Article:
Dr. Tülay Adali is the director of the Machine Learning for Signal Processing Lab (MLSP-Lab) at UMBC and has been working on diagnosing schizophrenia by analyzing functional MRI and other medical imaging data.
Dr. Tülay Adali, professor, specializes in the field of statistical signal processing. An IEEE and AIMBE Fellow, Dr. Adali recently received the 2010 IEEE Signal Processing Society Best Paper Award for the paper entitled “Complex ICA using Nonlinear Functions,” which discusses a new framework for complex-valued signal processing and demonstrates how it can be used for developing new methods for independent component analysis (ICA). At the moment, Dr. Adali is pursuing research that focuses on understanding how the brain functions and diagnosing mental illness by analyzing functional magnetic resonance imaging (fMRI) and other medical imaging data.
“What we try to do is minimize the assumptions traditionally invoked in data analysis as much as possible, since most end up being not realistic anyway,” says Dr. Adali of their research approach. “So, our emphasis is on data-driven approaches rather than those that are model driven. That is what machine learning is about.” The focus of Dr. Adali’s lab, the Machine Learning for Signal Processing Lab (MLSP-Lab) at UMBC, is the development of data-driven methods such as blind source separation, ICA and independent vector analysis. Dr. Adali has been the director of MLSP since she came to UMBC in 1992, and says she values most the interactions with those in her lab group and also the in-depth conversations, which often get very lively, during the weekly lab meetings.
Dr. Adali’s main research application area has been studying brain function, both while the brain is in action and while it is at rest. She has been collaborating with Dr. Vince Calhoun, her former Ph.D. student who is now a professor and the director of the imaging lab at the University of New Mexico and Chief Technology Officer at the Mind Research Network for Neurodiagnostic Discovery. Drs. Adali, Calhoun and their collaborators, among other projects, have been working on diagnosing schizophrenia by comparing the fMRI data of healthy and afflicted patients. Their goal is to develop an automated system for diagnosing a patient with the disorder, allowing for better treatment of schizophrenic patients. This research was recently highlighted in an IEEE Spectrum article entitled “The Psychiatrist in the Machine.”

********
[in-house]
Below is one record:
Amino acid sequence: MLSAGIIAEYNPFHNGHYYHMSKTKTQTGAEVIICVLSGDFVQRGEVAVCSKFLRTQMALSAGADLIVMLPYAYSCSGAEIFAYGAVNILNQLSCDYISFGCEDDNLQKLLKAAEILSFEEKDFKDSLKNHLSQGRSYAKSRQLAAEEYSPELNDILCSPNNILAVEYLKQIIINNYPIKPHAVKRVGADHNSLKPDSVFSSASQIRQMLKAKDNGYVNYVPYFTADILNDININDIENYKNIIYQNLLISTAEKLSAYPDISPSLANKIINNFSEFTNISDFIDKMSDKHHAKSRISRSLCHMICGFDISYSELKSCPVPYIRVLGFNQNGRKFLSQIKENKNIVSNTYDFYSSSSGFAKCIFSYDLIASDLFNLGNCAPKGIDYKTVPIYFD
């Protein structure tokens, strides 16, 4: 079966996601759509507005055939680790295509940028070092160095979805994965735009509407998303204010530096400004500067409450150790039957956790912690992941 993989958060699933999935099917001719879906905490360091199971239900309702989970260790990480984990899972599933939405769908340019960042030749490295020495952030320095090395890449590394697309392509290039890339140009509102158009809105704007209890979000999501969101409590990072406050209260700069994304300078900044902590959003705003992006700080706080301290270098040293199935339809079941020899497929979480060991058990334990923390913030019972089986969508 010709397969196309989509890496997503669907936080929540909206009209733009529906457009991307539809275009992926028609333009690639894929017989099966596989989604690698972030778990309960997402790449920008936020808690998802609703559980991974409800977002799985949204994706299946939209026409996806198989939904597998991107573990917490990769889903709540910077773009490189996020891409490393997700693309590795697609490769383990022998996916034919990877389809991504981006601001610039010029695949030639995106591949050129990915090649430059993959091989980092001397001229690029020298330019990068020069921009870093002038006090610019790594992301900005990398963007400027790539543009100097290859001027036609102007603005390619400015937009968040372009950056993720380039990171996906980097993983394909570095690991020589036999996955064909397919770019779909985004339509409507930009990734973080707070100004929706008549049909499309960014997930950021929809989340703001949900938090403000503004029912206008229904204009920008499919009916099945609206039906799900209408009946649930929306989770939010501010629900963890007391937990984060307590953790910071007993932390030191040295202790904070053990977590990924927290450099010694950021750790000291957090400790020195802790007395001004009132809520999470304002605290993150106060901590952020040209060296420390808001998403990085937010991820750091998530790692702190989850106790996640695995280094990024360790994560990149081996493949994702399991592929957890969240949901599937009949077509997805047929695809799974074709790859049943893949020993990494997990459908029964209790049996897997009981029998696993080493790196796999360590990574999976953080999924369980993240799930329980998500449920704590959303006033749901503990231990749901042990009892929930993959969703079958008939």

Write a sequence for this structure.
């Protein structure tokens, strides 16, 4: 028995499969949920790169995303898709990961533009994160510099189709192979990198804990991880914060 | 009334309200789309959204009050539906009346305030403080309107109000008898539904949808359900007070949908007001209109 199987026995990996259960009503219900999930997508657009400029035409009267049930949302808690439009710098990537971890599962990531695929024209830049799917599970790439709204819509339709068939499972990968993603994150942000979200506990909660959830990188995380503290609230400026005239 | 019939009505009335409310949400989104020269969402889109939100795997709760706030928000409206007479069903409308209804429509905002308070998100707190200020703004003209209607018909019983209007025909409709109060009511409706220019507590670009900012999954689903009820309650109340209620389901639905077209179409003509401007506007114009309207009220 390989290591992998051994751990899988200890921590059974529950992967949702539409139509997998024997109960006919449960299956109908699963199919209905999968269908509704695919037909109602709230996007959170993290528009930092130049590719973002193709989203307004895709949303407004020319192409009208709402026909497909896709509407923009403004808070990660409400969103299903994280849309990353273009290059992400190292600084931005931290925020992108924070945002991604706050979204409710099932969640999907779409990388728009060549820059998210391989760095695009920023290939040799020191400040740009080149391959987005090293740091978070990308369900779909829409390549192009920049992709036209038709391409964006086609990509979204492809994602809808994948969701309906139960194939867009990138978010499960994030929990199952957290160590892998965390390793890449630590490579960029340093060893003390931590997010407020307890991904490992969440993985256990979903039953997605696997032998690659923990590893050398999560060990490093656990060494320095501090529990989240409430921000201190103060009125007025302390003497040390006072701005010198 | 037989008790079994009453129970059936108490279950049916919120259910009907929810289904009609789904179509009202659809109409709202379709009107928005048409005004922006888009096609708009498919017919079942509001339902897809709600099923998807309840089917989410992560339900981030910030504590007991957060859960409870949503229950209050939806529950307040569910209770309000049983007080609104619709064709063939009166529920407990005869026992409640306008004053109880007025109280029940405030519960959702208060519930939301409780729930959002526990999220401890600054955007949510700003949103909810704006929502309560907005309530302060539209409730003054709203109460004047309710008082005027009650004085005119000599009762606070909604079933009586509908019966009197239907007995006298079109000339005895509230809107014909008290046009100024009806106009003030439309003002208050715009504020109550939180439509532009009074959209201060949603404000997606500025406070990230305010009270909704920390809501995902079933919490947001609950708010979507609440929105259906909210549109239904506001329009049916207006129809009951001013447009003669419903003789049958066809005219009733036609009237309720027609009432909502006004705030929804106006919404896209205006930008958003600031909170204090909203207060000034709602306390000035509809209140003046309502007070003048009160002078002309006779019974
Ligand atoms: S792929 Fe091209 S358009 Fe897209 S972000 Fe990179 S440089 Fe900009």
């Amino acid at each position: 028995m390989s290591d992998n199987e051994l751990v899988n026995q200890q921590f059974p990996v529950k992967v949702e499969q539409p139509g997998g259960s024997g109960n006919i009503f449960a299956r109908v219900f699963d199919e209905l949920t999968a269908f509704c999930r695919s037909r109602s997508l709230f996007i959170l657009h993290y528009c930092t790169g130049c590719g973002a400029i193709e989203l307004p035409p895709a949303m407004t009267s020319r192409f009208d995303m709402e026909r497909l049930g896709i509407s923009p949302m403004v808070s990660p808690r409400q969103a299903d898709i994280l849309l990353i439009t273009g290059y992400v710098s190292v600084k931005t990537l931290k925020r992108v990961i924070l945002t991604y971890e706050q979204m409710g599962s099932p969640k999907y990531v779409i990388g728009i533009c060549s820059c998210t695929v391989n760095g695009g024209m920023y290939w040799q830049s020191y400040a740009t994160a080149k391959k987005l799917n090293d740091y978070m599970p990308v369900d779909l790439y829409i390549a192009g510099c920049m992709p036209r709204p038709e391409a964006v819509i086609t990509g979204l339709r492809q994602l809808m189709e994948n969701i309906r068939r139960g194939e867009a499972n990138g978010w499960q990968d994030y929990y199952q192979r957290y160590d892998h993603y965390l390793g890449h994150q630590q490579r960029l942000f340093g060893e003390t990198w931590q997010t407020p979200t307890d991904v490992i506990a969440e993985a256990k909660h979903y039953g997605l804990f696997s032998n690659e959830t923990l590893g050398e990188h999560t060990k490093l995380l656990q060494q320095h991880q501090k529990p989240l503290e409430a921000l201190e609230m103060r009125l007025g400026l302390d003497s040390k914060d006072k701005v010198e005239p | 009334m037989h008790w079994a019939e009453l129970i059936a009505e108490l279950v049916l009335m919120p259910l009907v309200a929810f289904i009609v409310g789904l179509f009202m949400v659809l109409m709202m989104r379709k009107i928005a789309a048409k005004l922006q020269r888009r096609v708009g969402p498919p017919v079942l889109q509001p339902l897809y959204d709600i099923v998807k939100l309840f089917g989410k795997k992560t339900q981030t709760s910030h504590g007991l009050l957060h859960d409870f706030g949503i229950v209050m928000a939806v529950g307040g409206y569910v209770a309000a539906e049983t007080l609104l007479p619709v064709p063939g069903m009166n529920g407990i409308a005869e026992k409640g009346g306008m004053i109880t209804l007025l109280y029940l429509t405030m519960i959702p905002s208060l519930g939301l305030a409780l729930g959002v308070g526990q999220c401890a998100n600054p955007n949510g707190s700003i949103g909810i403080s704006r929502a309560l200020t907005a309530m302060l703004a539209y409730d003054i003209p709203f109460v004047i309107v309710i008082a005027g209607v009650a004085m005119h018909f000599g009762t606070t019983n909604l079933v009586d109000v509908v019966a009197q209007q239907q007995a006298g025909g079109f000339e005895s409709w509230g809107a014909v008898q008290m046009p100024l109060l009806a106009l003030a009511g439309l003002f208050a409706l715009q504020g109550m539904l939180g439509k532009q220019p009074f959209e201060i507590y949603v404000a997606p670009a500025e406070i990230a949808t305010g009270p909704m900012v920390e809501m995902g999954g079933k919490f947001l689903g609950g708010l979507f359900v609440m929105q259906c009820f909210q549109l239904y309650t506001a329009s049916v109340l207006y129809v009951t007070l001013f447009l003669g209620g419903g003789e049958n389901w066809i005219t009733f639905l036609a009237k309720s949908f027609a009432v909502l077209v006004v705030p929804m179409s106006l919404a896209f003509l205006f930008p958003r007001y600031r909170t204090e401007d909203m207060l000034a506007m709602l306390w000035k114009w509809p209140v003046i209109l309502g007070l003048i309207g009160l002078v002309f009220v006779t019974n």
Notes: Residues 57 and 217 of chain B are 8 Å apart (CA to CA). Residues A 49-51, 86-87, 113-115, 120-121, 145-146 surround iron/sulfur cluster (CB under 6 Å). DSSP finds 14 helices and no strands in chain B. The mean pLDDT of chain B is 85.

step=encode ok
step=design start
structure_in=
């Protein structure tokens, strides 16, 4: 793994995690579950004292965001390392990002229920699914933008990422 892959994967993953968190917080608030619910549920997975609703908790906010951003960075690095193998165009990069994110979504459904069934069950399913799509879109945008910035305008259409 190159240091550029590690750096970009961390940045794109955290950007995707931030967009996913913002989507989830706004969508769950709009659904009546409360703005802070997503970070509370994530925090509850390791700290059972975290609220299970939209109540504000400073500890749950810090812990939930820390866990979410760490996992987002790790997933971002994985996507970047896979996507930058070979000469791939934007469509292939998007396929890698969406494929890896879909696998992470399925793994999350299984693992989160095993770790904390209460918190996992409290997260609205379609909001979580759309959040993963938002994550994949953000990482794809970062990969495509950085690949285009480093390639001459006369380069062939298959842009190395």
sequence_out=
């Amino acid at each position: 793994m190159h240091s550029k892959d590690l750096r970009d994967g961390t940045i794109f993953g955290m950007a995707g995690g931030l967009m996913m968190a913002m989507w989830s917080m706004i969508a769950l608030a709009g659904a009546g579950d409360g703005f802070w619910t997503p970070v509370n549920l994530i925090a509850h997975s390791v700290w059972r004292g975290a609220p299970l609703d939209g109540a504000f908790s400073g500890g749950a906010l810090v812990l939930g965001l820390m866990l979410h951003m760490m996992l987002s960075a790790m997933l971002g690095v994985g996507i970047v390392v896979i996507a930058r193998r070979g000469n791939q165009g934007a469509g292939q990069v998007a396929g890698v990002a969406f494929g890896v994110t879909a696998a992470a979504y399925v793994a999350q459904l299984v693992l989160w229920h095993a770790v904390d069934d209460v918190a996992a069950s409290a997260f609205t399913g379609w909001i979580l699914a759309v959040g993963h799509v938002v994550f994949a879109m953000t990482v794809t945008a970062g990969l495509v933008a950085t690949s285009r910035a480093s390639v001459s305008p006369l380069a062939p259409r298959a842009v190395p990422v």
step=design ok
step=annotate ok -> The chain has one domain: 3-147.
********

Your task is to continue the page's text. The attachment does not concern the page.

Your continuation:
Two recent research results Dr. Adali is especially excited about are related to complex-valued optimization and data fusion. About the latter, “normally, when people talk about fusion, they use one domain to constrain the other,” says Adali. “But we developed a method that can use all three modalities at the same time to extract the information.” The team recently combined data from functional magnetic resonance imaging (fMRI), structural MRI (sMRI), and electroencephalography (EEG) data and showed how a fully joint approach improves both the sensitivity and specificity of the identification biomarkers for schizophrenia. Adali says that this is the first case that she knows of where information from three different modalities has been fused together.
On the theoretical side, she is particularly excited about the very fundamental nature of the work that was recently recognized with the Best Paper Award. “This work builds on Dr. Hualiang Li’s Ph.D. work, currently a Research Assistant Professor at UMBC, and opens a completely new array of possibilities whenever data are best represented as complex valued,” she says. Besides signal processing, complex valued representations are essential to communications, radar, sonar, geophysics, oceanography, biomedical imaging, optics, and other applied sciences. She notes that all these areas may benefit greatly by working within the new framework their group has developed.
Since she began her research on brain function in 2000, Dr. Adali and her collaborators have made notable strides in the field. Nevertheless, Dr. Adali enjoys the research process as much as she enjoys the results. When asked about the ultimate aim of her research pursuits, Dr. Adali responded: “Just making sure that we do enjoy ourselves along the way, have fun, and learn something new every day.”